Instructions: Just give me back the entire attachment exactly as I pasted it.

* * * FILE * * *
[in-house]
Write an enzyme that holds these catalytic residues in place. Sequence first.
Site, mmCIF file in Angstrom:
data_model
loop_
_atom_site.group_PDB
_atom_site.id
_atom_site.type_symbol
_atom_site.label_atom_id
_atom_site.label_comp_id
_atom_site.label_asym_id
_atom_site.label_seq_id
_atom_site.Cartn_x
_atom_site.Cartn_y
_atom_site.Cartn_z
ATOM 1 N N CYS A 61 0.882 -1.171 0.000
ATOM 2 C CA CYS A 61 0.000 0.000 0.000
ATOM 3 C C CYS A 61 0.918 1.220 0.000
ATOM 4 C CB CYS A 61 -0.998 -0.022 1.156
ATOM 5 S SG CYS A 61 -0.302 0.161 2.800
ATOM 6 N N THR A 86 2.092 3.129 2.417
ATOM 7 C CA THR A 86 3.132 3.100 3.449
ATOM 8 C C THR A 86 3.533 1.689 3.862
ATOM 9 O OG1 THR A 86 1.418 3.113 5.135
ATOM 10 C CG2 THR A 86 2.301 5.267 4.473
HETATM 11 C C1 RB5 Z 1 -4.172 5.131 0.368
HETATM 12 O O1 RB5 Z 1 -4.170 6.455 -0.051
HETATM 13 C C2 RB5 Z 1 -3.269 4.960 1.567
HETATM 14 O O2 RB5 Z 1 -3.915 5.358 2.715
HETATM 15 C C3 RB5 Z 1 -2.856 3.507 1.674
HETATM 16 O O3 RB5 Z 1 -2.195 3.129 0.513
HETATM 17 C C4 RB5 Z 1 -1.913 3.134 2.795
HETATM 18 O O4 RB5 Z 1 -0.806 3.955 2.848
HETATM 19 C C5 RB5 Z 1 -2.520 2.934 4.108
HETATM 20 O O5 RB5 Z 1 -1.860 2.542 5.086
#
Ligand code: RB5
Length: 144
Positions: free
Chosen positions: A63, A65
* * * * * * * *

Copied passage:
[in-house]
Write an enzyme that holds these catalytic residues in place. Sequence first.
Site, mmCIF file in Angstrom:
data_model
loop_
_atom_site.group_PDB
_atom_site.id
_atom_site.type_symbol
_atom_site.label_atom_id
_atom_site.label_comp_id
_atom_site.label_asym_id
_atom_site.label_seq_id
_atom_site.Cartn_x
_atom_site.Cartn_y
_atom_site.Cartn_z
ATOM 1 N N CYS A 61 0.882 -1.171 0.000
ATOM 2 C CA CYS A 61 0.000 0.000 0.000
ATOM 3 C C CYS A 61 0.918 1.220 0.000
ATOM 4 C CB CYS A 61 -0.998 -0.022 1.156
ATOM 5 S SG CYS A 61 -0.302 0.161 2.800
ATOM 6 N N THR A 86 2.092 3.129 2.417
ATOM 7 C CA THR A 86 3.132 3.100 3.449
ATOM 8 C C THR A 86 3.533 1.689 3.862
ATOM 9 O OG1 THR A 86 1.418 3.113 5.135
ATOM 10 C CG2 THR A 86 2.301 5.267 4.473
HETATM 11 C C1 RB5 Z 1 -4.172 5.131 0.368
HETATM 12 O O1 RB5 Z 1 -4.170 6.455 -0.051
HETATM 13 C C2 RB5 Z 1 -3.269 4.960 1.567
HETATM 14 O O2 RB5 Z 1 -3.915 5.358 2.715
HETATM 15 C C3 RB5 Z 1 -2.856 3.507 1.674
HETATM 16 O O3 RB5 Z 1 -2.195 3.129 0.513
HETATM 17 C C4 RB5 Z 1 -1.913 3.134 2.795
HETATM 18 O O4 RB5 Z 1 -0.806 3.955 2.848
HETATM 19 C C5 RB5 Z 1 -2.520 2.934 4.108
HETATM 20 O O5 RB5 Z 1 -1.860 2.542 5.086
#
Ligand code: RB5
Length: 144
Positions: free
Chosen positions: A63, A65